Whole Foods has succeeded beyond all expectations, but, strangely, that’s not all good for Whole Foods.
Whole Foods was founded 35 years ago in Texas based on the premise that there had to be a safer way to produce food than the mass-manufactured and over-processed approach. (Deep background: Whole Foods was originally named Saferway, a poke at supermarket chain Safeway.)
The Whole Foods concept was to leave conventionally manufactured food behind wherever possible in favor of natural and organic food, and to put a heavy emphasis on fresh. The concept also was that consumers would warm to the idea and pay a premium for such products. Development came slowly to Whole Foods because at the time, there was little consumer buy-in for such an idea.
That started to change. Over the years, Whole Foods evolved from a tiny operation to one with some 420 stores, albeit thinly spread. Most are in urban areas of the U.S, plus a few in both Canada and the U.K. Its sales volume is nearly $15 billion annually.
Through its growth trajectory, Whole Foods continued to preach the gospel that fresh, natural and organic food was a good path for consumers to follow to better health.
And so it came to pass. Many factors, including the growing presence of Whole Foods, played into the now-near-unanimous agreement by consumers that organic and natural food is far better than over-processed food.
Now that organics and natural food are all but completely mainstream, it might seem that Whole Foods would greatly benefit. However, the reverse may prove to be the case. That’s because Whole Foods hasn’t entirely shaken off the perception that its price points are absurdly high. Many consumers simply wouldn’t consider shopping Whole Foods, even if a store chanced to be nearby.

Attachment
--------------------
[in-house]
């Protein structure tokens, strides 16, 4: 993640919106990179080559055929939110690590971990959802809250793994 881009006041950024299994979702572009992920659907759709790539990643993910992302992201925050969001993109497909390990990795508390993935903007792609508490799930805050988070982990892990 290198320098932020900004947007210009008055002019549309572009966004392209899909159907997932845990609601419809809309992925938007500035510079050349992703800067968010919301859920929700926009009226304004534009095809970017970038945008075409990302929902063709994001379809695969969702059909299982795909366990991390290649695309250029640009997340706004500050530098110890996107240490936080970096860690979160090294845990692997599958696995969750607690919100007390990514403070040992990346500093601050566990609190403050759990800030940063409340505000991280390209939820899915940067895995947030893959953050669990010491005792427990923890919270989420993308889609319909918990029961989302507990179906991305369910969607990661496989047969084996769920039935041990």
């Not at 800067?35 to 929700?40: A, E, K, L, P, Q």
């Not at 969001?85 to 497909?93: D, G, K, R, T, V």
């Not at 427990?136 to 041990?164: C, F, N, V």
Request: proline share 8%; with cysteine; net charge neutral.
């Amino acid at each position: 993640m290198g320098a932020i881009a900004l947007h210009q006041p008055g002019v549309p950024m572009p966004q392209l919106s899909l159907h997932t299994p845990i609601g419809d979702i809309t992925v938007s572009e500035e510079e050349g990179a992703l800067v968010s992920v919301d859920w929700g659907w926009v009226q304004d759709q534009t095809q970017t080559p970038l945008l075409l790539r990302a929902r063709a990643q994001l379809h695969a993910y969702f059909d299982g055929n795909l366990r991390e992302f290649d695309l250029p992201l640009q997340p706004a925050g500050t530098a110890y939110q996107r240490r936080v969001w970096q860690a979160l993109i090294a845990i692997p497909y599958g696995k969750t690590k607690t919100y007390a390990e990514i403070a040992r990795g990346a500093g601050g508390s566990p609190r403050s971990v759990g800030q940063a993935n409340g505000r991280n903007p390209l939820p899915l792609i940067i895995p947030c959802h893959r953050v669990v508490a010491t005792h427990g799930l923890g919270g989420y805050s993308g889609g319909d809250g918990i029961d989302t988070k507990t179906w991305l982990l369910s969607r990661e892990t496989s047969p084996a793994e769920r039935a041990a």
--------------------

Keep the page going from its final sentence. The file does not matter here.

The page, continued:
Meanwhile, incumbent food retailers haven’t been slumbering. They too are jumping on the organics and natural bandwagon.
For instance, Kroger, the largest conventional supermarket in the land with annual sales approaching $110 billion, inaugurated a moderately priced private label line called Simple Truth and Simple Truth Organics, both aimed at health-conscious consumers who feel locked out of Whole Foods because of price or lack of store proximity. The line is huge, about 2,700 stock-keeping units across multiple food categories.
In less than two years, the line now accounts for $1.2 billion in annual sales. Kroger says it is by a wide margin the most successful private label introduction it has ever had. Granted, the sales volume of the line isn’t much against Kroger’s entire top line. Conversely, in the not unlikely event that the line grows about ten fold, it alone would approach Whole Foods’ entire sales volume.
Kroger has plenty of company. Many other retailers are entering the organics game, and some did so earlier than Kroger. One example is membership club Costco. It may achieve sales in organics of $12 billion by the end of this year, nearly equaling Whole Foods’ top line.
All this has implications for manufacturers, too. Campbell Soup Co. is the quintessential packaged-food manufacturer. Nevertheless, it has been moving to natural and organic food and beverages lately, but by means of acquisition (that was probably to avoid muddying the message of the core brand). Yet, in recent weeks, Campbell rolled out a small line of organic soups under its own name: Campbell’s Organics. The line is expected to grow quickly. This is a big step for an old-line company.
Other manufacturers, including PepsiCo, General Mills, Kellogg and Coca-Cola, use various methods to burnish the image of their brands. The methods range from sponsorship of studies t0 paid opinions from dietitians, which conclude that these products aren’t so unhealthy after all. Results appear as blogs, on newspaper websites and sometimes as “native ads,” paid ads camouflaged as news articles.
The consumer stampede to organics shows once again that retailers who fail to see the gathering and maturing of a big consumer trend will be left behind. It also shows once again that sometimes pioneers are the ones with arrows in their backs.